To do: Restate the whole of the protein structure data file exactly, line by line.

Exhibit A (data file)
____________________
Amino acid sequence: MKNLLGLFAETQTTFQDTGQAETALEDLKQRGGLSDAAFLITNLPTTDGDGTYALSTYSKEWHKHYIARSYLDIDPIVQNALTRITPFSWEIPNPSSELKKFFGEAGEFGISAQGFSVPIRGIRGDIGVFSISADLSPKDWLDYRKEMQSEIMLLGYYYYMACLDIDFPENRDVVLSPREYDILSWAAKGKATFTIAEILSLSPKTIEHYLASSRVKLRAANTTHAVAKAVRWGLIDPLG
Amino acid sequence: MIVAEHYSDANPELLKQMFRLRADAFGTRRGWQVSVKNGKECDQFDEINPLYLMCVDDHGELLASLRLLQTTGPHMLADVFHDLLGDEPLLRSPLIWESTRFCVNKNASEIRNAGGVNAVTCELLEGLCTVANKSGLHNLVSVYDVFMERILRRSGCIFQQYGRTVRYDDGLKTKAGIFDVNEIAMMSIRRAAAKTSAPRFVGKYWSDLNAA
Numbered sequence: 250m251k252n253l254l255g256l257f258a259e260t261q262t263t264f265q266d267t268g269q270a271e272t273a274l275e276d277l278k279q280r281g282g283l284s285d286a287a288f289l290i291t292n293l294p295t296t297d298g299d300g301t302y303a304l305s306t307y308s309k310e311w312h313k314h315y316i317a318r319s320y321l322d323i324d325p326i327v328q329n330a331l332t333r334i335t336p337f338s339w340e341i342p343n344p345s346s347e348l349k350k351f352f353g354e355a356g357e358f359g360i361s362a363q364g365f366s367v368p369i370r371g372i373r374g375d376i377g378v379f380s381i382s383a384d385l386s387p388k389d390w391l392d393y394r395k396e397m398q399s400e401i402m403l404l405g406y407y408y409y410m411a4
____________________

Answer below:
Amino acid sequence: MKNLLGLFAETQTTFQDTGQAETALEDLKQRGGLSDAAFLITNLPTTDGDGTYALSTYSKEWHKHYIARSYLDIDPIVQNALTRITPFSWEIPNPSSELKKFFGEAGEFGISAQGFSVPIRGIRGDIGVFSISADLSPKDWLDYRKEMQSEIMLLGYYYYMACLDIDFPENRDVVLSPREYDILSWAAKGKATFTIAEILSLSPKTIEHYLASSRVKLRAANTTHAVAKAVRWGLIDPLG
Amino acid sequence: MIVAEHYSDANPELLKQMFRLRADAFGTRRGWQVSVKNGKECDQFDEINPLYLMCVDDHGELLASLRLLQTTGPHMLADVFHDLLGDEPLLRSPLIWESTRFCVNKNASEIRNAGGVNAVTCELLEGLCTVANKSGLHNLVSVYDVFMERILRRSGCIFQQYGRTVRYDDGLKTKAGIFDVNEIAMMSIRRAAAKTSAPRFVGKYWSDLNAA
Numbered sequence: 250m251k252n253l254l255g256l257f258a259e260t261q262t263t264f265q266d267t268g269q270a271e272t273a274l275e276d277l278k279q280r281g282g283l284s285d286a287a288f289l290i291t292n293l294p295t296t297d298g299d300g301t302y303a304l305s306t307y308s309k310e311w312h313k314h315y316i317a318r319s320y321l322d323i324d325p326i327v328q329n330a331l332t333r334i335t336p337f338s339w340e341i342p343n344p345s346s347e348l349k350k351f352f353g354e355a356g357e358f359g360i361s362a363q364g365f366s367v368p369i370r371g372i373r374g375d376i377g378v379f380s381i382s383a384d385l386s387p388k389d390w391l392d393y394r395k396e397m398q399s400e401i402m403l404l405g406y407y408y409y410m411a4